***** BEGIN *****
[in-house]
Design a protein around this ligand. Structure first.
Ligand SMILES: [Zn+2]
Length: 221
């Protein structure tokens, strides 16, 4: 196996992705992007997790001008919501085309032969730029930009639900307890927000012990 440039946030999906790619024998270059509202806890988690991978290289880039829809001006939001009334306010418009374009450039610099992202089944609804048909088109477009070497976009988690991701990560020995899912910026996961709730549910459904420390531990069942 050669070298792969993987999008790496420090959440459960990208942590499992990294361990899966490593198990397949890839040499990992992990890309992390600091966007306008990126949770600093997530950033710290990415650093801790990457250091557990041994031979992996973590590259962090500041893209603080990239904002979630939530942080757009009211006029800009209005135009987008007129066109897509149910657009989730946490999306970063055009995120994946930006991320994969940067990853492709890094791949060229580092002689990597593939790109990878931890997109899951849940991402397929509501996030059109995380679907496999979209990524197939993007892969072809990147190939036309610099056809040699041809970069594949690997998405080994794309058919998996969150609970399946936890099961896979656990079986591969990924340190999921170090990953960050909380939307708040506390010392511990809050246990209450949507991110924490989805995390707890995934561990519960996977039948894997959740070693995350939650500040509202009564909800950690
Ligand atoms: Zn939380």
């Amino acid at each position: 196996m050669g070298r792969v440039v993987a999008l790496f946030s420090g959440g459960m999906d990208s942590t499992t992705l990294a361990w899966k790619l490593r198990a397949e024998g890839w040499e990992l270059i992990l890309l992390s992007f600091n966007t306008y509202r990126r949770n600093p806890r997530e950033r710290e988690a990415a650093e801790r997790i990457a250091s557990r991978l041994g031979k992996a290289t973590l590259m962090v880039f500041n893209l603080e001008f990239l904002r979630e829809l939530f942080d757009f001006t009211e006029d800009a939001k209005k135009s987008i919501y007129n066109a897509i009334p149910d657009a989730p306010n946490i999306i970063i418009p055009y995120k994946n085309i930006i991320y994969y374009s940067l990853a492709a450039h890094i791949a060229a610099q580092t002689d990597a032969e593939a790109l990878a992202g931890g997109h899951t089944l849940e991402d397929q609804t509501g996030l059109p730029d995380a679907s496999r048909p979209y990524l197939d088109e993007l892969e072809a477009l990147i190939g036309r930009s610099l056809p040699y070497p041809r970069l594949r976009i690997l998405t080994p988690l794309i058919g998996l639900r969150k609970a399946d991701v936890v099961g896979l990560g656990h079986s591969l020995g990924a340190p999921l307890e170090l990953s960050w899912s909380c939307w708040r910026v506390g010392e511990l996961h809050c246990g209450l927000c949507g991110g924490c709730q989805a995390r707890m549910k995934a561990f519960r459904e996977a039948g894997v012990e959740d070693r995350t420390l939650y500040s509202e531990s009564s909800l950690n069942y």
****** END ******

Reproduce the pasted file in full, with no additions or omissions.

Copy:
[in-house]
Design a protein around this ligand. Structure first.
Ligand SMILES: [Zn+2]
Length: 221
């Protein structure tokens, strides 16, 4: 196996992705992007997790001008919501085309032969730029930009639900307890927000012990 440039946030999906790619024998270059509202806890988690991978290289880039829809001006939001009334306010418009374009450039610099992202089944609804048909088109477009070497976009988690991701990560020995899912910026996961709730549910459904420390531990069942 050669070298792969993987999008790496420090959440459960990208942590499992990294361990899966490593198990397949890839040499990992992990890309992390600091966007306008990126949770600093997530950033710290990415650093801790990457250091557990041994031979992996973590590259962090500041893209603080990239904002979630939530942080757009009211006029800009209005135009987008007129066109897509149910657009989730946490999306970063055009995120994946930006991320994969940067990853492709890094791949060229580092002689990597593939790109990878931890997109899951849940991402397929509501996030059109995380679907496999979209990524197939993007892969072809990147190939036309610099056809040699041809970069594949690997998405080994794309058919998996969150609970399946936890099961896979656990079986591969990924340190999921170090990953960050909380939307708040506390010392511990809050246990209450949507991110924490989805995390707890995934561990519960996977039948894997959740070693995350939650500040509202009564909800950690
Ligand atoms: Zn939380």
């Amino acid at each position: 196996m050669g070298r792969v440039v993987a999008l790496f946030s420090g959440g459960m999906d990208s942590t499992t992705l990294a361990w899966k790619l490593r198990a397949e024998g890839w040499e990992l270059i992990l890309l992390s992007f600091n966007t306008y509202r990126r949770n600093p806890r997530e950033r710290e988690a990415a650093e801790r997790i990457a250091s557990r991978l041994g031979k992996a290289t973590l590259m962090v880039f500041n893209l603080e001008f990239l904002r979630e829809l939530f942080d757009f001006t009211e006029d800009a939001k209005k135009s987008i919501y007129n066109a897509i009334p149910d657009a989730p306010n946490i999306i970063i418009p055009y995120k994946n085309i930006i991320y994969y374009s940067l990853a492709a450039h890094i791949a060229a610099q580092t002689d990597a032969e593939a790109l990878a992202g931890g997109h899951t089944l849940e991402d397929q609804t509501g996030l059109p730029d995380a679907s496999r048909p979209y990524l197939d088109e993007l892969e072809a477009l990147i190939g036309r930009s610099l056809p040699y070497p041809r970069l594949r976009i690997l998405t080994p988690l794309i058919g998996l639900r969150k609970a399946d991701v936890v099961g896979l990560g656990h079986s591969l020995g990924a340190p999921l307890e170090l990953s960050w899912s909380c939307w708040r910026v506390g010392e511990l996961h809050c246990g209450l927000c949507g991110g924490c709730q989805a995390r707890m549910k995934a561990f519960r459904e996977a039948g894997v012990e959740d070693r995350t420390l939650y500040s509202e531990s009564s909800l950690n069942y």